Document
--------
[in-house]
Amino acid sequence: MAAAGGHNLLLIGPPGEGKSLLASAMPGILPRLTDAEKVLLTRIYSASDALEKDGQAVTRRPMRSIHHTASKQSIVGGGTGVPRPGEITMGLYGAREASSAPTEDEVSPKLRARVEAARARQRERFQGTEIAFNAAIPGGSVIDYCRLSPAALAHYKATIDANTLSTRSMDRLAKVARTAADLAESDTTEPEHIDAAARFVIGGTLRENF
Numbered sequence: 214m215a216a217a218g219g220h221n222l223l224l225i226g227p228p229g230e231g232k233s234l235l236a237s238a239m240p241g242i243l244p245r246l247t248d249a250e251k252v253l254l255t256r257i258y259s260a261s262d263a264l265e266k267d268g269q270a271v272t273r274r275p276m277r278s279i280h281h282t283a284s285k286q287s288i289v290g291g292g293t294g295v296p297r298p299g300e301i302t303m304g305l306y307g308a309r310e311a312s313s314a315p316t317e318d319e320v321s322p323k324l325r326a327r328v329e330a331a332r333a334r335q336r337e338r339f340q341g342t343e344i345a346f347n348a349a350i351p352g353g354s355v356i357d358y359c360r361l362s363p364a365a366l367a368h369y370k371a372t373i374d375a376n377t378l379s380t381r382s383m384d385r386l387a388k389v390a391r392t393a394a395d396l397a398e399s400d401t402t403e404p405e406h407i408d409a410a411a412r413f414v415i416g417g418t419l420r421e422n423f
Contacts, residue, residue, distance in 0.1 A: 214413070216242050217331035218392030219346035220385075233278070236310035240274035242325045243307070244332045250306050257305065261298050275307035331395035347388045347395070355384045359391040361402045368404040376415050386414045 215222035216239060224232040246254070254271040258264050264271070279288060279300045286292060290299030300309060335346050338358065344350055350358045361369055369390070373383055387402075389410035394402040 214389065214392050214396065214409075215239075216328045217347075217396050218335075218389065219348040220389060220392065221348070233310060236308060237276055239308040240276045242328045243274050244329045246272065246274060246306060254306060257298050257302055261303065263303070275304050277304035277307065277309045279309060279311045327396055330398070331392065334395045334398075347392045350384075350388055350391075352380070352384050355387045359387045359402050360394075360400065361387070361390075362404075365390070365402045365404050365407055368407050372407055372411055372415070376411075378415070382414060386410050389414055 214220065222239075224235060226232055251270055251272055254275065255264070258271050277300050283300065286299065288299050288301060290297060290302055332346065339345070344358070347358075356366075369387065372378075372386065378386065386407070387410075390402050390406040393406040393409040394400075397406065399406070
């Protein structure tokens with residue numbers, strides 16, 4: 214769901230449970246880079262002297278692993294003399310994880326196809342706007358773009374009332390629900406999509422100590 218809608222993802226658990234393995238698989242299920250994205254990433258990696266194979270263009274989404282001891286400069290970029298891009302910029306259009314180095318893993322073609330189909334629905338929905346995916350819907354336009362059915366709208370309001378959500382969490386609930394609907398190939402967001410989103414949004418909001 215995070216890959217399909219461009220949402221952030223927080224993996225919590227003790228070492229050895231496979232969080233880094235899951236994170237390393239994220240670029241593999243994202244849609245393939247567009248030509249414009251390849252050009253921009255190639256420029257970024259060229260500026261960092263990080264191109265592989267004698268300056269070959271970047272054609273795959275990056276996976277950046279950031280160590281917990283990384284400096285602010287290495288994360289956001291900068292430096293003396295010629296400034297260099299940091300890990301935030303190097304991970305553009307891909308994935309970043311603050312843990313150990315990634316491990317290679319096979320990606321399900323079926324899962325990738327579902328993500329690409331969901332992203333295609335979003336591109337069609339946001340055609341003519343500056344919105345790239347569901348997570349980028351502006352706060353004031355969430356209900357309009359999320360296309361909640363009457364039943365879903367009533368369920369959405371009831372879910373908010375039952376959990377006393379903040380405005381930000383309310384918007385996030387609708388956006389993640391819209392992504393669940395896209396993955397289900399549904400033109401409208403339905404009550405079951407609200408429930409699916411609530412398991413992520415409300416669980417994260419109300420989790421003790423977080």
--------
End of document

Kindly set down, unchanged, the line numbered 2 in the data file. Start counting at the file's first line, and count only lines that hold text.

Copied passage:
Amino acid sequence: MAAAGGHNLLLIGPPGEGKSLLASAMPGILPRLTDAEKVLLTRIYSASDALEKDGQAVTRRPMRSIHHTASKQSIVGGGTGVPRPGEITMGLYGAREASSAPTEDEVSPKLRARVEAARARQRERFQGTEIAFNAAIPGGSVIDYCRLSPAALAHYKATIDANTLSTRSMDRLAKVARTAADLAESDTTEPEHIDAAARFVIGGTLRENF